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Lactobacillus paracasei CNCM I-3689 reduces vancomycin-resistant Enterococcus persistence and promotes Bacteroidetes resilience in the gut following antibiotic challenge.

Lactobacillus paracasei CNCM I-3689 reduces vancomycin-resistant Enterococcus persistence and promotes Bacteroidetes resilience in the gut following antibiotic challenge.
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Crouzet L, Derrien M, Cherbuy C, Plancade S, Foulon M, Chalin B, van Hylckama Vlieg JET, Grompone G, Rigottier-Gois L, Serror P,


Crouzet L, Derrien M, Cherbuy C, Plancade S, Foulon M, Chalin B, van Hylckama Vlieg JET, Grompone G, Rigottier-Gois L, Serror P, (click to view)

Crouzet L, Derrien M, Cherbuy C, Plancade S, Foulon M, Chalin B, van Hylckama Vlieg JET, Grompone G, Rigottier-Gois L, Serror P,

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Scientific reports 2018 03 238(1) 5098 doi 10.1038/s41598-018-23437-9
Abstract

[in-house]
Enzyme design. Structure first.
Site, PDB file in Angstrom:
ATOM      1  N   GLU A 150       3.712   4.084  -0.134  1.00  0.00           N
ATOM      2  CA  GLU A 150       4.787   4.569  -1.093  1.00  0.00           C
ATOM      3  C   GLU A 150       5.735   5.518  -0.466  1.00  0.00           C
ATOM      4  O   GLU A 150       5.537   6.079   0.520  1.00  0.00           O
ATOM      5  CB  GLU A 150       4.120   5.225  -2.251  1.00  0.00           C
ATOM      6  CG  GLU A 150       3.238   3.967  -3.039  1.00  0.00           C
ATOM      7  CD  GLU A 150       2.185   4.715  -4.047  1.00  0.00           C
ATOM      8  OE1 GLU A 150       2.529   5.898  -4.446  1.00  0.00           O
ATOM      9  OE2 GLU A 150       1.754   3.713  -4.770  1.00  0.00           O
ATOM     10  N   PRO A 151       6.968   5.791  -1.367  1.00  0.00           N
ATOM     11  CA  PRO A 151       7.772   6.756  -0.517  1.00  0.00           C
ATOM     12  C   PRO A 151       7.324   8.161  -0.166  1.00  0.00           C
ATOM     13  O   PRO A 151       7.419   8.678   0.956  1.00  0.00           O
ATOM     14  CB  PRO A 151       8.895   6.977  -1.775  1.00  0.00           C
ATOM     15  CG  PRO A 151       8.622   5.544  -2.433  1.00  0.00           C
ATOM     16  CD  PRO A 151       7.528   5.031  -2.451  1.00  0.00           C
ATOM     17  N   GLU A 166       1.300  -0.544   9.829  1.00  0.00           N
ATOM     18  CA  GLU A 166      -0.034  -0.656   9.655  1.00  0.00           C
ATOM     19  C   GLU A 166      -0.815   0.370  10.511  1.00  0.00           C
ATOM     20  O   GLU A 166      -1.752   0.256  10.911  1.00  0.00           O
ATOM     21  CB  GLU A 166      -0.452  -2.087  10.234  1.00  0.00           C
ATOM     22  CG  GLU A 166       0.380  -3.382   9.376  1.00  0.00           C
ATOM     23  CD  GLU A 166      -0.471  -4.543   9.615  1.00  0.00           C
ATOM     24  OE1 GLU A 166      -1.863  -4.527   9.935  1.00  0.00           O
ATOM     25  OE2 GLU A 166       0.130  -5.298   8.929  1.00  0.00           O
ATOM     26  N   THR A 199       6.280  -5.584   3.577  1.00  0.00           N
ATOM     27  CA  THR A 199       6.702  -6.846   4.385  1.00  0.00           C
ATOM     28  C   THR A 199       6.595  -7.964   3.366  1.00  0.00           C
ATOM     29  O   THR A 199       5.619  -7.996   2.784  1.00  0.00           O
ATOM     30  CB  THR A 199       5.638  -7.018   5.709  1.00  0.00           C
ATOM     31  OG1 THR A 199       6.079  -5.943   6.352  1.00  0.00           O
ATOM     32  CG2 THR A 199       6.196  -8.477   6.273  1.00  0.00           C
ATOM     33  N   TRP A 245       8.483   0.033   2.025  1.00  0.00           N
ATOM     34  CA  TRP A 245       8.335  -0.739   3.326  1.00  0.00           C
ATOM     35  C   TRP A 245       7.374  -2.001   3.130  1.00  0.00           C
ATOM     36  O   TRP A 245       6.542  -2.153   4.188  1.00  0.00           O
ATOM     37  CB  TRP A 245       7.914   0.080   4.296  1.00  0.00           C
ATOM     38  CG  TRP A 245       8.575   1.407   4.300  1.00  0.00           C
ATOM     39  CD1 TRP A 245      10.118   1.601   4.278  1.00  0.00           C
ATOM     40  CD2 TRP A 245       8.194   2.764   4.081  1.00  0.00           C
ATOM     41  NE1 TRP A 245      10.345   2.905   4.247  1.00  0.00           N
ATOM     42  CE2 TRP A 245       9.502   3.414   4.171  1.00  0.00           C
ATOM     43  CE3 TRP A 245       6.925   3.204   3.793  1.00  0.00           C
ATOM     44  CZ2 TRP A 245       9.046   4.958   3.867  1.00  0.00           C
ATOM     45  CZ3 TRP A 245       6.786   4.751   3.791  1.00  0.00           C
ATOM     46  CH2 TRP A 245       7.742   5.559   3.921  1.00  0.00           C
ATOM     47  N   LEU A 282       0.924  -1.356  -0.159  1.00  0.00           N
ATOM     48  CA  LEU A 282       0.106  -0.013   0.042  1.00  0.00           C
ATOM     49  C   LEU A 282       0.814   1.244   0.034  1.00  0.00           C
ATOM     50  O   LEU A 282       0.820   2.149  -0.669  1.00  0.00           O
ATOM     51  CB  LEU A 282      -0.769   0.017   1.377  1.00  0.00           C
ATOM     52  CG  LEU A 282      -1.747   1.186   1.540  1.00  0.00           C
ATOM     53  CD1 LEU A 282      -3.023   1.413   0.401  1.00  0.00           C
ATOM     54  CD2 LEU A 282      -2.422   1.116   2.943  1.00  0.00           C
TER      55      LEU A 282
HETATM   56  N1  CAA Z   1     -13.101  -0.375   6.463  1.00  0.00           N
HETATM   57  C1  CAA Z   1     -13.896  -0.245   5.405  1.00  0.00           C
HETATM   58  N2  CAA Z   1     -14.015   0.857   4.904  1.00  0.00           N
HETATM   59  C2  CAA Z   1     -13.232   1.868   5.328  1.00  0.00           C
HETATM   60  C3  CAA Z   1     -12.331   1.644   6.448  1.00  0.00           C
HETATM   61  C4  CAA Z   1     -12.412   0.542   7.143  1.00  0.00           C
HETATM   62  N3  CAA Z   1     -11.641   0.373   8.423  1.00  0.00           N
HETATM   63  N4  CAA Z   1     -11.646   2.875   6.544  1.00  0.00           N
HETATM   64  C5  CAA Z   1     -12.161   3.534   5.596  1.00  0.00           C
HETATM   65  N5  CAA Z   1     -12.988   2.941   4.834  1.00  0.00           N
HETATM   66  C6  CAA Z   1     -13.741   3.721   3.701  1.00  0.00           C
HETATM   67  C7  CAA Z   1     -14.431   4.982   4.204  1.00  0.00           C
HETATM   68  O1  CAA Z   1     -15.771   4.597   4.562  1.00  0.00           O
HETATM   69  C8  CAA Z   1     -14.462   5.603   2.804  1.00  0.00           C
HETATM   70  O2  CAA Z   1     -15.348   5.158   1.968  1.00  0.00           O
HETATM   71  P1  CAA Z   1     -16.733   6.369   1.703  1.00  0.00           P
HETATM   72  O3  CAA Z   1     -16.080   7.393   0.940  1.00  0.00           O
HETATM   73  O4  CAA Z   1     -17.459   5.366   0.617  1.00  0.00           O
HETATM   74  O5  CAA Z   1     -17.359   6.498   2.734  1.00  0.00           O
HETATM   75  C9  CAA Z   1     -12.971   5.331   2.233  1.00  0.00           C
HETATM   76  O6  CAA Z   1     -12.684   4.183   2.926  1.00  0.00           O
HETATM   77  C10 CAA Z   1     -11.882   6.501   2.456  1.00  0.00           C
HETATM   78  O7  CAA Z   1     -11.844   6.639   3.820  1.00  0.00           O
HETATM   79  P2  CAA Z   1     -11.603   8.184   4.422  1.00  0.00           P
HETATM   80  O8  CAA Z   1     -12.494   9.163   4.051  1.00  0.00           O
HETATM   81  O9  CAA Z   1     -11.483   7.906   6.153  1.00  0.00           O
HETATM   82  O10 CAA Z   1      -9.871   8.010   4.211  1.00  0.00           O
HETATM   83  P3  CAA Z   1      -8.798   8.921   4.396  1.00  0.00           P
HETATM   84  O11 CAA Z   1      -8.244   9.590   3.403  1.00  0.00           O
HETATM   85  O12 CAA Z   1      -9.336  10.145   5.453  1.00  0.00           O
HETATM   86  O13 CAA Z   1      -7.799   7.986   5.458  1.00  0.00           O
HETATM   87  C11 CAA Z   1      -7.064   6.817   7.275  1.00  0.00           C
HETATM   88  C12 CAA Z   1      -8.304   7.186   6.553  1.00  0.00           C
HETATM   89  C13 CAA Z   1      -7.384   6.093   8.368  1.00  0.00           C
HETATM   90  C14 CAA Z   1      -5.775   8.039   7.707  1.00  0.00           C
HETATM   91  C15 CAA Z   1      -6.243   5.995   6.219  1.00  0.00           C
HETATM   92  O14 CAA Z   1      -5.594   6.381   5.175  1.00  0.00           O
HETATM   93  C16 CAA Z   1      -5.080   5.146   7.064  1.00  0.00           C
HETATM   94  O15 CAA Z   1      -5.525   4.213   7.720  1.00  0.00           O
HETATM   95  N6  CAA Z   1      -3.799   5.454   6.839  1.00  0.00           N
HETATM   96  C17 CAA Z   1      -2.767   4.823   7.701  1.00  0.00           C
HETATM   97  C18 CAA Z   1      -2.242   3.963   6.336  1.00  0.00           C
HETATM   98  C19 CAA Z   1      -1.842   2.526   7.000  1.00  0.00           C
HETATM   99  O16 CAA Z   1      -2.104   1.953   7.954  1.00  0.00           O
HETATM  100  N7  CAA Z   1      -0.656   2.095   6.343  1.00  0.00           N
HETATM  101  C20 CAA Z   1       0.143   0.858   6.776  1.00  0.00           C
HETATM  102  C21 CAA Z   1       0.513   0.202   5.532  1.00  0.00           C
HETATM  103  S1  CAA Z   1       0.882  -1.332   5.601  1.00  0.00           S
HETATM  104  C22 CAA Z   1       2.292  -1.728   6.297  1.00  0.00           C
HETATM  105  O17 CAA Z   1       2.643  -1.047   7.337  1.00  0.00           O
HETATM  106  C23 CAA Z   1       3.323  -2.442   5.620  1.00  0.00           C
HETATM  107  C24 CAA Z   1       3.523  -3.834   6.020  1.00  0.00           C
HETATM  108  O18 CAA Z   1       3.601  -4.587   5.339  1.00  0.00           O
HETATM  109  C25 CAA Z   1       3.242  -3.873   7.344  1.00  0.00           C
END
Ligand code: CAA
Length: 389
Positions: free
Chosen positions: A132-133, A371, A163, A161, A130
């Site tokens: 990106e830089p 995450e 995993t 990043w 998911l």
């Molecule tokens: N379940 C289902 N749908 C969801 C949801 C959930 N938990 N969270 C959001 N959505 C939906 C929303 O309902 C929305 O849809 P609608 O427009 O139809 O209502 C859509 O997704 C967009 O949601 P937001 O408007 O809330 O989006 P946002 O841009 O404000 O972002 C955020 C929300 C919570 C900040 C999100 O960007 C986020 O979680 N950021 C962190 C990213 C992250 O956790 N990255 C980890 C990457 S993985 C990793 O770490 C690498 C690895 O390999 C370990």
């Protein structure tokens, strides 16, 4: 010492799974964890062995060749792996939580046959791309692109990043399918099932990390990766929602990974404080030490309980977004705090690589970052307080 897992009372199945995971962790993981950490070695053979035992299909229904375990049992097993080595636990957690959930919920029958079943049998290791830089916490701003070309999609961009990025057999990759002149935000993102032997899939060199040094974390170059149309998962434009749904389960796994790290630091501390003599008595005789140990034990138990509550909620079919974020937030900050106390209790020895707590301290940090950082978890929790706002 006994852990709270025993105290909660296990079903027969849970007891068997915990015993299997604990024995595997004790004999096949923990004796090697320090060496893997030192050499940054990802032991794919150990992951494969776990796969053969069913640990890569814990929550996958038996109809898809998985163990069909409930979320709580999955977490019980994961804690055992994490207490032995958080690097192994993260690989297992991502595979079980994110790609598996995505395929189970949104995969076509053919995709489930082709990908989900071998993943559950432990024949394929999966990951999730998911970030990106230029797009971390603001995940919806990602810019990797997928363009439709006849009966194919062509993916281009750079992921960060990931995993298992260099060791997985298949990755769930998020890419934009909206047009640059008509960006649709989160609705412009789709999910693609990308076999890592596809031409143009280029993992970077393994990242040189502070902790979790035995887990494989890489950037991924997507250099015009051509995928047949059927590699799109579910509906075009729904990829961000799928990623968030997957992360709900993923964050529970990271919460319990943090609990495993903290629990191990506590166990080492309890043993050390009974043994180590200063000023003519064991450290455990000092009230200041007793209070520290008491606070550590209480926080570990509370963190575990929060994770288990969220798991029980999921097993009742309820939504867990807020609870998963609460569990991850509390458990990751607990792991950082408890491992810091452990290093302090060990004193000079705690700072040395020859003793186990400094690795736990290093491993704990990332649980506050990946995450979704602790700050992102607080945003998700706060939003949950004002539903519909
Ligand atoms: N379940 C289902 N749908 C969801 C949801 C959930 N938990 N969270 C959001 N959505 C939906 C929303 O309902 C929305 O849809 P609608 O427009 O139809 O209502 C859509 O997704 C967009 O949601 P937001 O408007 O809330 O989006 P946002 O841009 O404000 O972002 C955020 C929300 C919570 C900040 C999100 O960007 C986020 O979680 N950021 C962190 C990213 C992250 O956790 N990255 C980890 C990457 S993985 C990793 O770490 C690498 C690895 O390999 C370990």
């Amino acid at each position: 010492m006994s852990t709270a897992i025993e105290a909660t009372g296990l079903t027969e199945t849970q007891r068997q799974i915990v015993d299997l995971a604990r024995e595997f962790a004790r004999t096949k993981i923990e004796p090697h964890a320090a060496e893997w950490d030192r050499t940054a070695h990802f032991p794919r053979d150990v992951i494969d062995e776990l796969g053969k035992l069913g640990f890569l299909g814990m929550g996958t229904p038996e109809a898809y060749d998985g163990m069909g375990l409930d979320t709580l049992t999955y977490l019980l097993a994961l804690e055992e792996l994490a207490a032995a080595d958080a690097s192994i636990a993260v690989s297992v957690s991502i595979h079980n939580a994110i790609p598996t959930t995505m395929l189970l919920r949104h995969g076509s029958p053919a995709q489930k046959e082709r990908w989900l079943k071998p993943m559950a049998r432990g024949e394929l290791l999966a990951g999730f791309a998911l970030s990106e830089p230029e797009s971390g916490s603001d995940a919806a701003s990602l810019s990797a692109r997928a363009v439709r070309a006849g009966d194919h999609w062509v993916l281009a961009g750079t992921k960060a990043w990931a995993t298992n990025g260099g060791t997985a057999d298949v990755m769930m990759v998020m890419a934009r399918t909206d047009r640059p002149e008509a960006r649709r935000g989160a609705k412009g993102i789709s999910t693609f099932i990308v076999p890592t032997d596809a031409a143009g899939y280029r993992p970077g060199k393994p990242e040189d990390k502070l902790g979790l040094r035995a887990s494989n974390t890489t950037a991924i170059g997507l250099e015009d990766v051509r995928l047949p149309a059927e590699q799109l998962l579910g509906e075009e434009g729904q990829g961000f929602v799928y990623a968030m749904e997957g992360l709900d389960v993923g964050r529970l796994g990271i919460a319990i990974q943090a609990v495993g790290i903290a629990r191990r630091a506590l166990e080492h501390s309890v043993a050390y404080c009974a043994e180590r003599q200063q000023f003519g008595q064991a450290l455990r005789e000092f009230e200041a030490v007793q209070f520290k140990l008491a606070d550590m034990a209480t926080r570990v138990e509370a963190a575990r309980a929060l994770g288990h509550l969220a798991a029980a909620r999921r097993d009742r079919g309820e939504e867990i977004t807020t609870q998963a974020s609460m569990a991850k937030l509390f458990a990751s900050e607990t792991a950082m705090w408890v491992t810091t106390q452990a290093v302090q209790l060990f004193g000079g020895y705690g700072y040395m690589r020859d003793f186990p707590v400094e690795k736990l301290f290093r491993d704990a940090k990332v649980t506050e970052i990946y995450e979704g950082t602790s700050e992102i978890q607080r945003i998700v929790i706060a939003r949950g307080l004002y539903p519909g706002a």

Enterococci, in particular vancomycin-resistant enterococci (VRE), are a leading cause of hospital-acquired infections. Promoting intestinal resistance against enterococci could reduce the risk of VRE infections. We investigated the effects of two Lactobacillus strains to prevent intestinal VRE. We used an intestinal colonisation mouse model based on an antibiotic-induced microbiota dysbiosis to mimic enterococci overgrowth and VRE persistence. Each Lactobacillus spp. was administered daily to mice starting one week before antibiotic treatment until two weeks after antibiotic and VRE inoculation. Of the two strains, Lactobacillus paracasei CNCM I-3689 decreased significantly VRE numbers in the feces demonstrating an improvement of the reduction of VRE. Longitudinal microbiota analysis showed that supplementation with L. paracasei CNCM I-3689 was associated with a better recovery of members of the phylum Bacteroidetes. Bile salt analysis and expression analysis of selected host genes revealed increased level of lithocholate and of ileal expression of camp (human LL-37) upon L. paracasei CNCM I-3689 supplementation. Although a direct effect of L. paracasei CNCM I-3689 on the VRE reduction was not ruled out, our data provide clues to possible anti-VRE mechanisms supporting an indirect anti-VRE effect through the gut microbiota. This work sustains non-antibiotic strategies against opportunistic enterococci after antibiotic-induced dysbiosis.

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